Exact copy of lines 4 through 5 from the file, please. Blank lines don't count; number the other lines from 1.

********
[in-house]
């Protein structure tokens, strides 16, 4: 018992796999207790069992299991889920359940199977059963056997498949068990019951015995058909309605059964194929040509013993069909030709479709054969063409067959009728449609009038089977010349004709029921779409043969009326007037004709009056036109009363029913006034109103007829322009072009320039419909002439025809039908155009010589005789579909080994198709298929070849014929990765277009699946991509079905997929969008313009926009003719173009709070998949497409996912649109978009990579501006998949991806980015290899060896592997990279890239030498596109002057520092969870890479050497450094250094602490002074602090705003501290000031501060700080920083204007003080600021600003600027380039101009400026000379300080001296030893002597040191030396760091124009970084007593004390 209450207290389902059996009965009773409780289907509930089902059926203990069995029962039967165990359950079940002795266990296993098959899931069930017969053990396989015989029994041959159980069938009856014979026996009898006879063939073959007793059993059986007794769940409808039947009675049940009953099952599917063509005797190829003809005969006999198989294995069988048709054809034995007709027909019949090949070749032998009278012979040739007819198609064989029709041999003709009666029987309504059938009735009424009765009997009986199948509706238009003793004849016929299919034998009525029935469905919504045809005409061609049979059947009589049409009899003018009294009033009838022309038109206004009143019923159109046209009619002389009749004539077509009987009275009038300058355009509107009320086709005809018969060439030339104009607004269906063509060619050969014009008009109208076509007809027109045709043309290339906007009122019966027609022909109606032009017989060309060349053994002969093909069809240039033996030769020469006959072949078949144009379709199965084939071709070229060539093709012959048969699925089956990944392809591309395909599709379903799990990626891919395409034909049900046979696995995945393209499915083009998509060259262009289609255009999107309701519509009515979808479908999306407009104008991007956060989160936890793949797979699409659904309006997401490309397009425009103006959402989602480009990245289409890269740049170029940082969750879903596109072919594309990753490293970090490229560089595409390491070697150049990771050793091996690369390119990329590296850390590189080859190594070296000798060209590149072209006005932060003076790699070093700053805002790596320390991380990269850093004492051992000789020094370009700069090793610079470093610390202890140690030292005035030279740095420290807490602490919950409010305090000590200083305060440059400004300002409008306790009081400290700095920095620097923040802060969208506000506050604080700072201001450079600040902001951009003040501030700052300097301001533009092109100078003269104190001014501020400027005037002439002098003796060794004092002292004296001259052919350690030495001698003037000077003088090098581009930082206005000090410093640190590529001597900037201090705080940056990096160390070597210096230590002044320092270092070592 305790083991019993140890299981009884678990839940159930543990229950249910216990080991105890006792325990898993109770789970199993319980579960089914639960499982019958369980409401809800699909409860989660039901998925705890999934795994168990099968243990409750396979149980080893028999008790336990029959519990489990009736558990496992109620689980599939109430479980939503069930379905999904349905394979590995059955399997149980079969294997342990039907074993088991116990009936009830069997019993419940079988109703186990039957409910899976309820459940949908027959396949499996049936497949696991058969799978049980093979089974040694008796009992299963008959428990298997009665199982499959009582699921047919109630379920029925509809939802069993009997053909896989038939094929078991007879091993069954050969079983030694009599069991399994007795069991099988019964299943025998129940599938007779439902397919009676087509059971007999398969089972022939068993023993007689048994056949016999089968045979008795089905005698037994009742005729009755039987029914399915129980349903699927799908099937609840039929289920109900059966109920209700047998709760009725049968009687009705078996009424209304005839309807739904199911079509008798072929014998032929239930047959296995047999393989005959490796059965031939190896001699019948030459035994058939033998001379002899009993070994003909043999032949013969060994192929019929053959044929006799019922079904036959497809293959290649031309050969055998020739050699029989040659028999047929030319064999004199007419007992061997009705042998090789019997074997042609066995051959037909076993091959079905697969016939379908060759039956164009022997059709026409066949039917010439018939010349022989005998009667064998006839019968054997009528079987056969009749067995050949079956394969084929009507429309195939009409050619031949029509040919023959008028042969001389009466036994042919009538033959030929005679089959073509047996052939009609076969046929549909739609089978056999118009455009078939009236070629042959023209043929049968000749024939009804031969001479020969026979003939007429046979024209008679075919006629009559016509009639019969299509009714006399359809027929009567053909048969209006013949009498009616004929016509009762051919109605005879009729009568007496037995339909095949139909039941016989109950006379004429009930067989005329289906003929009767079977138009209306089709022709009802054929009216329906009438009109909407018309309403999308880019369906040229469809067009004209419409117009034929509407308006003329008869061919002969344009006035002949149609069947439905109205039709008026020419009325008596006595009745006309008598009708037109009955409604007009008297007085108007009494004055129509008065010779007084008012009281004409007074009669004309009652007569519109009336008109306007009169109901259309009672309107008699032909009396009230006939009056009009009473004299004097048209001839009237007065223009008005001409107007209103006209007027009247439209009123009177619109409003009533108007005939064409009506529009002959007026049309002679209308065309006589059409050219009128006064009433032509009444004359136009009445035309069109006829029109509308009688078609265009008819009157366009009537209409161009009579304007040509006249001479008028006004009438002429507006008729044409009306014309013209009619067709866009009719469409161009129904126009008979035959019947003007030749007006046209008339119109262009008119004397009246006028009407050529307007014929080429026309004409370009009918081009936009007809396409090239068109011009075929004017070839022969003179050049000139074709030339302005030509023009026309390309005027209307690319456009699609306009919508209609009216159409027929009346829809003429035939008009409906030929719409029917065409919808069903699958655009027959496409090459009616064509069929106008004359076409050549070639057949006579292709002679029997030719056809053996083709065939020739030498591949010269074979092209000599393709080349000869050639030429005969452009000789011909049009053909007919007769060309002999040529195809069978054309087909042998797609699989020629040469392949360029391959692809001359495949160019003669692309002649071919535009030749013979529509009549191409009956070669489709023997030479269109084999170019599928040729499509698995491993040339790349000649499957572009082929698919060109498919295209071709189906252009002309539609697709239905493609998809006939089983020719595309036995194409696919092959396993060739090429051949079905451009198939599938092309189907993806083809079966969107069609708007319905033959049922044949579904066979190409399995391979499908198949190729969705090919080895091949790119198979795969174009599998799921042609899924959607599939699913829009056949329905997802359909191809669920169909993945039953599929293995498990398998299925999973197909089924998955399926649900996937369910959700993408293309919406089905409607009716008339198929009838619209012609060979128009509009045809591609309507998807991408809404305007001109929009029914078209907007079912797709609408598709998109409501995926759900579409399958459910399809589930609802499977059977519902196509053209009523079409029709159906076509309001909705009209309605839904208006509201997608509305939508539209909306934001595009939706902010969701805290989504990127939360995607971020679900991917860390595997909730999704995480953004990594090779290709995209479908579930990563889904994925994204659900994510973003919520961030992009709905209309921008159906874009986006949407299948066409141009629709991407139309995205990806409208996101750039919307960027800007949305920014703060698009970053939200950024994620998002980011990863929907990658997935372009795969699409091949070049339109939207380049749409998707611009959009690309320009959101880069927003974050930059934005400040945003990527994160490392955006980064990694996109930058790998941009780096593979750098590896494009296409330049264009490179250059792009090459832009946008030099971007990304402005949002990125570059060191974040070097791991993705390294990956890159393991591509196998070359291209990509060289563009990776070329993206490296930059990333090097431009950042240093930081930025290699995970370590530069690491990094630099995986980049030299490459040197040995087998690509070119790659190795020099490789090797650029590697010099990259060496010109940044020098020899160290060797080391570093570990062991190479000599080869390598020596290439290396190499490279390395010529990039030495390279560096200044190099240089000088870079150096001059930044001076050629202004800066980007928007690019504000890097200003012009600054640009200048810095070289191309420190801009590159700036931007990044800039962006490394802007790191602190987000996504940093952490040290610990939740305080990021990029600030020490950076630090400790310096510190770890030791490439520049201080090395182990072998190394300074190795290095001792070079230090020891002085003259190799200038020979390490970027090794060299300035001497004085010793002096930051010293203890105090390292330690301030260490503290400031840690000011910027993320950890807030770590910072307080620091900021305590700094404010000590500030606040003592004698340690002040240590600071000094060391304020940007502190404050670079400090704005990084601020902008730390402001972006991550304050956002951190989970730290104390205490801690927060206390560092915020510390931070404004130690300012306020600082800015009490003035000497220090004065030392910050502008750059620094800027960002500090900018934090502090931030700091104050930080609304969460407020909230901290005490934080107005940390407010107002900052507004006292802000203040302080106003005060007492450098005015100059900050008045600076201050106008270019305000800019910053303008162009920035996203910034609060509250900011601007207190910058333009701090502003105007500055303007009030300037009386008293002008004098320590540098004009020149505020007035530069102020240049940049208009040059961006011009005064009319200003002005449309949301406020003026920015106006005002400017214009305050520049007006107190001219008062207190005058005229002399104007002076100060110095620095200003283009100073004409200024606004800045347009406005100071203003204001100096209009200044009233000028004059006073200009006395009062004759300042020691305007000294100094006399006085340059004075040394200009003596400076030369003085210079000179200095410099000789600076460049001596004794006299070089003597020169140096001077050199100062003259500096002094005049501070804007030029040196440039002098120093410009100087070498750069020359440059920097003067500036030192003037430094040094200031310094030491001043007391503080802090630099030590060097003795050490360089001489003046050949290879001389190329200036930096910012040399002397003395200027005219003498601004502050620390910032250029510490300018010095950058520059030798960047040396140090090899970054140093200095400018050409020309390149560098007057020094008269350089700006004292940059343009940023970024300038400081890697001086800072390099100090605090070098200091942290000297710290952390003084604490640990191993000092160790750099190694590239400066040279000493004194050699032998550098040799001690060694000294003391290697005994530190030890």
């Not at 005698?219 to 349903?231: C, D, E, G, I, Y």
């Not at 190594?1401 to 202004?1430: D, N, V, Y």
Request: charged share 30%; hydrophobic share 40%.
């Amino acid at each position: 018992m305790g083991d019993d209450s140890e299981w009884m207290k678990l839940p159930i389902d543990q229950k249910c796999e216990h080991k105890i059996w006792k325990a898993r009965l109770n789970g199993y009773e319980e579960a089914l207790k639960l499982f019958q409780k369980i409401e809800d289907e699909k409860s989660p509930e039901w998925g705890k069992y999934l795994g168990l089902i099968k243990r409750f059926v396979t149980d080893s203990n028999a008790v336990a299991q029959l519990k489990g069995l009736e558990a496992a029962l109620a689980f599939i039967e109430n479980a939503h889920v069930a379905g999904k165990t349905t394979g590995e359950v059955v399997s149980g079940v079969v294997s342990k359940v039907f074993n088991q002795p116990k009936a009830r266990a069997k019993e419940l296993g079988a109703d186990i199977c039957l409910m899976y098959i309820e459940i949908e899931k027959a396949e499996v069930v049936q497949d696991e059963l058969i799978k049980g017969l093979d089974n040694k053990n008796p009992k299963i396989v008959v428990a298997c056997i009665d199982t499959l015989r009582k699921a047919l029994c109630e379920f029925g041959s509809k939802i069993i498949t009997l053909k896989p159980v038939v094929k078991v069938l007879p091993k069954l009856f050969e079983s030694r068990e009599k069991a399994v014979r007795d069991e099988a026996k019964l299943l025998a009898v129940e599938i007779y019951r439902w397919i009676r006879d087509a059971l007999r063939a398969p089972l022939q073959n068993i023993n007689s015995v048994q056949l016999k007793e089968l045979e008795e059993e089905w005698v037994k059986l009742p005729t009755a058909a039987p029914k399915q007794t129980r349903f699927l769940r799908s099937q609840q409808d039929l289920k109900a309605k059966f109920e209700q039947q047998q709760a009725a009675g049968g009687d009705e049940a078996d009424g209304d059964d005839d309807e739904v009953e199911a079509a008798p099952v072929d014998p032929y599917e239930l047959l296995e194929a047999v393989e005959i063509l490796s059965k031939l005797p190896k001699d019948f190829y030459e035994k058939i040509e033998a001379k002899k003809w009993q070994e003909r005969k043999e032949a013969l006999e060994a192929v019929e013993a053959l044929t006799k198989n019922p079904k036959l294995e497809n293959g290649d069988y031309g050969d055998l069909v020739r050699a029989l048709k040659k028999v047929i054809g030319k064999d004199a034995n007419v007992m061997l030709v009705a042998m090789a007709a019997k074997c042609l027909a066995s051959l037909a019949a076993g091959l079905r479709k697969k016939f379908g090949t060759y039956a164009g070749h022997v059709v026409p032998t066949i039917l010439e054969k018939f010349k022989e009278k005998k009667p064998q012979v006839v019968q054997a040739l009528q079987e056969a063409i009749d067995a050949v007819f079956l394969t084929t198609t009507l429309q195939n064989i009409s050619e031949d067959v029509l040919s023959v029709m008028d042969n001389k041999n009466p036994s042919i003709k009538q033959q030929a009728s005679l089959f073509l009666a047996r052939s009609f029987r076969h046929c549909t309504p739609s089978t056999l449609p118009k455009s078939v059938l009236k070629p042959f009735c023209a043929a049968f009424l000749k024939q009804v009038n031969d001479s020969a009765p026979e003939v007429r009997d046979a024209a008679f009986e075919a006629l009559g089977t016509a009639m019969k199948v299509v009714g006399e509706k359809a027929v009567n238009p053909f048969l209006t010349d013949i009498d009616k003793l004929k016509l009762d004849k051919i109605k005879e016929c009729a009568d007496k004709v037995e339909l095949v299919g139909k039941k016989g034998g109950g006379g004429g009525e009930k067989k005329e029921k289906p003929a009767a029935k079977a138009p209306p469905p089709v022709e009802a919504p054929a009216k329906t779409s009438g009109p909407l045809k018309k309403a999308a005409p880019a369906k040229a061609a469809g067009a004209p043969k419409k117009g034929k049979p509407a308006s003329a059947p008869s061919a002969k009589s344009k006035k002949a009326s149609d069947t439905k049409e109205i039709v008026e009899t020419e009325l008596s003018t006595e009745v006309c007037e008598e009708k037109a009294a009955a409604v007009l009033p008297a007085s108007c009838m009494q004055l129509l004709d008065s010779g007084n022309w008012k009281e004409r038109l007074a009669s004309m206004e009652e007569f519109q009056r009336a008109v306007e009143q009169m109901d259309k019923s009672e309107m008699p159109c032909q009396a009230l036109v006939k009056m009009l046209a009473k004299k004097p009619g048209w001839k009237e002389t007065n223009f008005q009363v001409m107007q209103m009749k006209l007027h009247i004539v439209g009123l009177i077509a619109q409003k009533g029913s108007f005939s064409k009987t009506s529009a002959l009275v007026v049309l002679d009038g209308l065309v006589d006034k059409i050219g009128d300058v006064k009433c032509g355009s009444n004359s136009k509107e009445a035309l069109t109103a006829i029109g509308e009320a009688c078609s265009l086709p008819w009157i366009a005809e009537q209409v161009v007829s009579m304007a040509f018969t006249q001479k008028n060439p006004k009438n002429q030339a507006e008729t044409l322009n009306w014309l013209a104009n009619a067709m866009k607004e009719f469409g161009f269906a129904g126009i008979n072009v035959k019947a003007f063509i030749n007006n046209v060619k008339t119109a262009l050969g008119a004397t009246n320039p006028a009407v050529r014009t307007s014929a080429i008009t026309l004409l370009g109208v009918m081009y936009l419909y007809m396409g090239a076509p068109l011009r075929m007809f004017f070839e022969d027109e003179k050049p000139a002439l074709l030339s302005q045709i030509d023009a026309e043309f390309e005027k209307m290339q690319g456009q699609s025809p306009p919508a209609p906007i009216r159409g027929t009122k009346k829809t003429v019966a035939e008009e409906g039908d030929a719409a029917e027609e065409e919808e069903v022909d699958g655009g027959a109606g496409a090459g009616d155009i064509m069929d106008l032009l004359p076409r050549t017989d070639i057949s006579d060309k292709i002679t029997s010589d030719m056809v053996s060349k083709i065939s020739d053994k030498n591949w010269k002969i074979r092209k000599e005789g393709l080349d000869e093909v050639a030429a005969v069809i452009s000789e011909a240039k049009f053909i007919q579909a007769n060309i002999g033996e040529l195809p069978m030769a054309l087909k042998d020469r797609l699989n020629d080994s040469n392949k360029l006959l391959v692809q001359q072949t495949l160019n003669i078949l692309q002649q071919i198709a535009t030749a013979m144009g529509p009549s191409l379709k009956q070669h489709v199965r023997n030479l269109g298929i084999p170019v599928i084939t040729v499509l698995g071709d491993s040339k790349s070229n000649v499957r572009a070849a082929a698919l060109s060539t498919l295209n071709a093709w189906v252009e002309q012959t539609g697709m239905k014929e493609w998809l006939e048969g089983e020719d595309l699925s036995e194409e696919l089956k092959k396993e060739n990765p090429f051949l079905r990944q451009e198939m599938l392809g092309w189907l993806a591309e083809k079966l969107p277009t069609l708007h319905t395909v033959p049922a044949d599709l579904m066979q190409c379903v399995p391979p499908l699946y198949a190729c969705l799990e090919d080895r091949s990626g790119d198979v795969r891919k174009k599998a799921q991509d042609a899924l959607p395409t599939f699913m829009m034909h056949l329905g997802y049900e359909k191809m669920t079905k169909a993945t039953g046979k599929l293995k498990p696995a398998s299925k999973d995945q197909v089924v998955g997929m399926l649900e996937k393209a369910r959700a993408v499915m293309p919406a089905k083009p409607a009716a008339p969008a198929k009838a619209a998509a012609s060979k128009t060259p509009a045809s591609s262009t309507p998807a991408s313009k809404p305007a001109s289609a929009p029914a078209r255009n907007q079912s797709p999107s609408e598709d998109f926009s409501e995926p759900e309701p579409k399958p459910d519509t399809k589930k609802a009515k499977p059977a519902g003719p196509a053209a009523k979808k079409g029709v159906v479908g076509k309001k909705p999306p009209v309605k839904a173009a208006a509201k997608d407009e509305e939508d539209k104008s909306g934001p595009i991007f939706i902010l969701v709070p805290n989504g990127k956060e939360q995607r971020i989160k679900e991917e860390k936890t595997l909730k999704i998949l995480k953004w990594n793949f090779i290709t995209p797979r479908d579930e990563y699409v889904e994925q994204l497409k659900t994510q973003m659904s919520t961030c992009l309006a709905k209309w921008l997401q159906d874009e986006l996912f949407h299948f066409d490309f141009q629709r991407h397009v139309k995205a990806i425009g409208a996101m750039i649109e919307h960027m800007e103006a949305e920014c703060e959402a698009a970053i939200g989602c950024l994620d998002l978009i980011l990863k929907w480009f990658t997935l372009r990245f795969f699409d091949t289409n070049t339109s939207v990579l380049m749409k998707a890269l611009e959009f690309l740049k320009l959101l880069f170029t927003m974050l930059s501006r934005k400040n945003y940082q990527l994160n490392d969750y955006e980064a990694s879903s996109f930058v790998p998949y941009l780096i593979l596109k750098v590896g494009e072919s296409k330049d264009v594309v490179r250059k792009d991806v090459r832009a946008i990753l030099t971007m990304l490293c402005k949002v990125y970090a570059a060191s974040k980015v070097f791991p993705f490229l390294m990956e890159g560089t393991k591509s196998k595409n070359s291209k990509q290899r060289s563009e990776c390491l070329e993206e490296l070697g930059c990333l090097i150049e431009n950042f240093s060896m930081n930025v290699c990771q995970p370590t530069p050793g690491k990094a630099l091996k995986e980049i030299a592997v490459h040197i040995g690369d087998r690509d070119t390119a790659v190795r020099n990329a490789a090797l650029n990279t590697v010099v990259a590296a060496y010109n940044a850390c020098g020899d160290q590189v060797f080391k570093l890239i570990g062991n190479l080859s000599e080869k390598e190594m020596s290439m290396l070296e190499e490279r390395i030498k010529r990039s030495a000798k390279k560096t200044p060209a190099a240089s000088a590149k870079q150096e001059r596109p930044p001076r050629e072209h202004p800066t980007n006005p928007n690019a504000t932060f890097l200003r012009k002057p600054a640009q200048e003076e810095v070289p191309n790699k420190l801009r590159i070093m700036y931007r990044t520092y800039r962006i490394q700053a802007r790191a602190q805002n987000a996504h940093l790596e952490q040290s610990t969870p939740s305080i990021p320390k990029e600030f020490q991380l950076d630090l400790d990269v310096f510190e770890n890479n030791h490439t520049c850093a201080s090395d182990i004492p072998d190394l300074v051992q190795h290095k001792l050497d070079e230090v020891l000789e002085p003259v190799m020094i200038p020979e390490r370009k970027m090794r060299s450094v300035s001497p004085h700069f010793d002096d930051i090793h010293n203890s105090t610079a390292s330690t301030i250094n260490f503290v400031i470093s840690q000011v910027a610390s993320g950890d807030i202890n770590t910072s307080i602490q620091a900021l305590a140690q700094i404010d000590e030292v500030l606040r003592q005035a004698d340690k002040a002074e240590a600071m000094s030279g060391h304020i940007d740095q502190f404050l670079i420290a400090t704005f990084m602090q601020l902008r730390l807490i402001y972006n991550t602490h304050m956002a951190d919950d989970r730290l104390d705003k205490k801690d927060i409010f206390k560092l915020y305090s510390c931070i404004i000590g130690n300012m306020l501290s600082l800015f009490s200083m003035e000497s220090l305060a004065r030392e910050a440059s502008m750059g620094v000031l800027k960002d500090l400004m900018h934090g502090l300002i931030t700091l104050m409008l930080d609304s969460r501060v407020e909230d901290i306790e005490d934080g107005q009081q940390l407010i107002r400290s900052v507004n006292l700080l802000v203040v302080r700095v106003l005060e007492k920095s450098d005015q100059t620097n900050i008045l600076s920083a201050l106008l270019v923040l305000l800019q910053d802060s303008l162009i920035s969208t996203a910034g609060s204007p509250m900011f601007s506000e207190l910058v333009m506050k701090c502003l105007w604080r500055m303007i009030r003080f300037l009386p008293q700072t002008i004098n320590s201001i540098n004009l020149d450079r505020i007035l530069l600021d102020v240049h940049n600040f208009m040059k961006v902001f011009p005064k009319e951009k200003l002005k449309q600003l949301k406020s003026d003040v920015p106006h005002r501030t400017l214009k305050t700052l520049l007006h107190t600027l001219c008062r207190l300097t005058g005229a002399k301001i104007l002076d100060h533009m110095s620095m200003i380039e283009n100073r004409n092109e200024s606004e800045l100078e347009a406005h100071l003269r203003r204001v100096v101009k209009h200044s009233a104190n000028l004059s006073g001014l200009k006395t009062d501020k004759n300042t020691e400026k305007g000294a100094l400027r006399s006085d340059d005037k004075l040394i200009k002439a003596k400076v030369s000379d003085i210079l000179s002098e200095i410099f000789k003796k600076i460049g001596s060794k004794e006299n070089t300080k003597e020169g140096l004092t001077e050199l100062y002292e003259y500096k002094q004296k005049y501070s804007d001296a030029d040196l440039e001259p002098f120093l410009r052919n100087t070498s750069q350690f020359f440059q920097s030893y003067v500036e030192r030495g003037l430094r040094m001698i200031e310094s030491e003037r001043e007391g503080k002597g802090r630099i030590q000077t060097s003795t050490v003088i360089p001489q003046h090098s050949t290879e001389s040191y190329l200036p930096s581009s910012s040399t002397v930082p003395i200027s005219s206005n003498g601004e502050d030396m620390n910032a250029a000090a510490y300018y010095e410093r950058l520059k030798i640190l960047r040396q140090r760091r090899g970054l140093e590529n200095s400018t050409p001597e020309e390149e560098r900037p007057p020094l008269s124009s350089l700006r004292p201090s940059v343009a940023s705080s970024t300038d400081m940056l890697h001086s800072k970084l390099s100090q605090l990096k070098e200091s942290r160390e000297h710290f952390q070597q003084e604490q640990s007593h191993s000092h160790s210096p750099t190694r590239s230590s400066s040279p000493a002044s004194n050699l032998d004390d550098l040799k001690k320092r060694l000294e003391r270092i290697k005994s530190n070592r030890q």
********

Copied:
């Not at 190594?1401 to 202004?1430: D, N, V, Y």
Request: charged share 30%; hydrophobic share 40%.